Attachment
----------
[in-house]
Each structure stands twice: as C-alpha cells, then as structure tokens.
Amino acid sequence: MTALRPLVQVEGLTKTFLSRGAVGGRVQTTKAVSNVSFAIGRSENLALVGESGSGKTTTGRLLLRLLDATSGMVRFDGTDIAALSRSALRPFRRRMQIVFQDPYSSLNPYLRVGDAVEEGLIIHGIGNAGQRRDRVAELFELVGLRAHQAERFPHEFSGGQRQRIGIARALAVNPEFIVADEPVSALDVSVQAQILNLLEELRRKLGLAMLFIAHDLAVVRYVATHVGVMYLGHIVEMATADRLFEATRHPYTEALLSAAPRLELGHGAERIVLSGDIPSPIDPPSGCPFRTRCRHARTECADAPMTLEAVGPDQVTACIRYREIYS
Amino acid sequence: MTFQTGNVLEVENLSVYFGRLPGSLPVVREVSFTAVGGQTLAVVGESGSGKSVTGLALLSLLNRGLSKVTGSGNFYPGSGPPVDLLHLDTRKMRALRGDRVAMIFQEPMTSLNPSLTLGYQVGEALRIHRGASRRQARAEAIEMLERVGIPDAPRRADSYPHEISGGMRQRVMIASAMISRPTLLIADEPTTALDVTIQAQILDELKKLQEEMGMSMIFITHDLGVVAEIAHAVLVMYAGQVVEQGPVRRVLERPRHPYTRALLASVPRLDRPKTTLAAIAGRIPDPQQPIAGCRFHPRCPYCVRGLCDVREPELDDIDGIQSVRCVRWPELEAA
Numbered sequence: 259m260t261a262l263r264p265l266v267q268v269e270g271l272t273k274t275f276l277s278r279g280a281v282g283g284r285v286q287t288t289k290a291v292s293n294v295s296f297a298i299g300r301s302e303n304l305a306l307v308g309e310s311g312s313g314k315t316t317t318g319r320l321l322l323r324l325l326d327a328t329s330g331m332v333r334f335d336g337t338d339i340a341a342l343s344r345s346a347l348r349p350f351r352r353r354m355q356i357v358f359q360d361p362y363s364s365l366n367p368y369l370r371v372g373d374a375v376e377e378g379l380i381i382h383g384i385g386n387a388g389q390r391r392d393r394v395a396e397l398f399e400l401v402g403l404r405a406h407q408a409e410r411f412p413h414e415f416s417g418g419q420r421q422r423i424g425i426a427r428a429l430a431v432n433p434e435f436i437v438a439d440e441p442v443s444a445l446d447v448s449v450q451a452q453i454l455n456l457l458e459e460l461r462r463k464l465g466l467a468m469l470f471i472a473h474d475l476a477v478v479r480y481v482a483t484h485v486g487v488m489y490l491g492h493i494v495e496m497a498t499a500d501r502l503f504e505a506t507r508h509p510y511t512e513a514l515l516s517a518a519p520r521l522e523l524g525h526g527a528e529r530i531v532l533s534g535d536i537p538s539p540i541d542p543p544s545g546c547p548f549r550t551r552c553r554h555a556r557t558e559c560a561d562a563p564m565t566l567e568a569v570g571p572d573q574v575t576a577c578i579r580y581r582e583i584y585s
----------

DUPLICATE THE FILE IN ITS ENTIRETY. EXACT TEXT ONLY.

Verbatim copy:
[in-house]
Each structure stands twice: as C-alpha cells, then as structure tokens.
Amino acid sequence: MTALRPLVQVEGLTKTFLSRGAVGGRVQTTKAVSNVSFAIGRSENLALVGESGSGKTTTGRLLLRLLDATSGMVRFDGTDIAALSRSALRPFRRRMQIVFQDPYSSLNPYLRVGDAVEEGLIIHGIGNAGQRRDRVAELFELVGLRAHQAERFPHEFSGGQRQRIGIARALAVNPEFIVADEPVSALDVSVQAQILNLLEELRRKLGLAMLFIAHDLAVVRYVATHVGVMYLGHIVEMATADRLFEATRHPYTEALLSAAPRLELGHGAERIVLSGDIPSPIDPPSGCPFRTRCRHARTECADAPMTLEAVGPDQVTACIRYREIYS
Amino acid sequence: MTFQTGNVLEVENLSVYFGRLPGSLPVVREVSFTAVGGQTLAVVGESGSGKSVTGLALLSLLNRGLSKVTGSGNFYPGSGPPVDLLHLDTRKMRALRGDRVAMIFQEPMTSLNPSLTLGYQVGEALRIHRGASRRQARAEAIEMLERVGIPDAPRRADSYPHEISGGMRQRVMIASAMISRPTLLIADEPTTALDVTIQAQILDELKKLQEEMGMSMIFITHDLGVVAEIAHAVLVMYAGQVVEQGPVRRVLERPRHPYTRALLASVPRLDRPKTTLAAIAGRIPDPQQPIAGCRFHPRCPYCVRGLCDVREPELDDIDGIQSVRCVRWPELEAA
Numbered sequence: 259m260t261a262l263r264p265l266v267q268v269e270g271l272t273k274t275f276l277s278r279g280a281v282g283g284r285v286q287t288t289k290a291v292s293n294v295s296f297a298i299g300r301s302e303n304l305a306l307v308g309e310s311g312s313g314k315t316t317t318g319r320l321l322l323r324l325l326d327a328t329s330g331m332v333r334f335d336g337t338d339i340a341a342l343s344r345s346a347l348r349p350f351r352r353r354m355q356i357v358f359q360d361p362y363s364s365l366n367p368y369l370r371v372g373d374a375v376e377e378g379l380i381i382h383g384i385g386n387a388g389q390r391r392d393r394v395a396e397l398f399e400l401v402g403l404r405a406h407q408a409e410r411f412p413h414e415f416s417g418g419q420r421q422r423i424g425i426a427r428a429l430a431v432n433p434e435f436i437v438a439d440e441p442v443s444a445l446d447v448s449v450q451a452q453i454l455n456l457l458e459e460l461r462r463k464l465g466l467a468m469l470f471i472a473h474d475l476a477v478v479r480y481v482a483t484h485v486g487v488m489y490l491g492h493i494v495e496m497a498t499a500d501r502l503f504e505a506t507r508h509p510y511t512e513a514l515l516s517a518a519p520r521l522e523l524g525h526g527a528e529r530i531v532l533s534g535d536i537p538s539p540i541d542p543p544s545g546c547p548f549r550t551r552c553r554h555a556r557t558e559c560a561d562a563p564m565t566l567e568a569v570g571p572d573q574v575t576a577c578i579r580y581r582e583i584y585s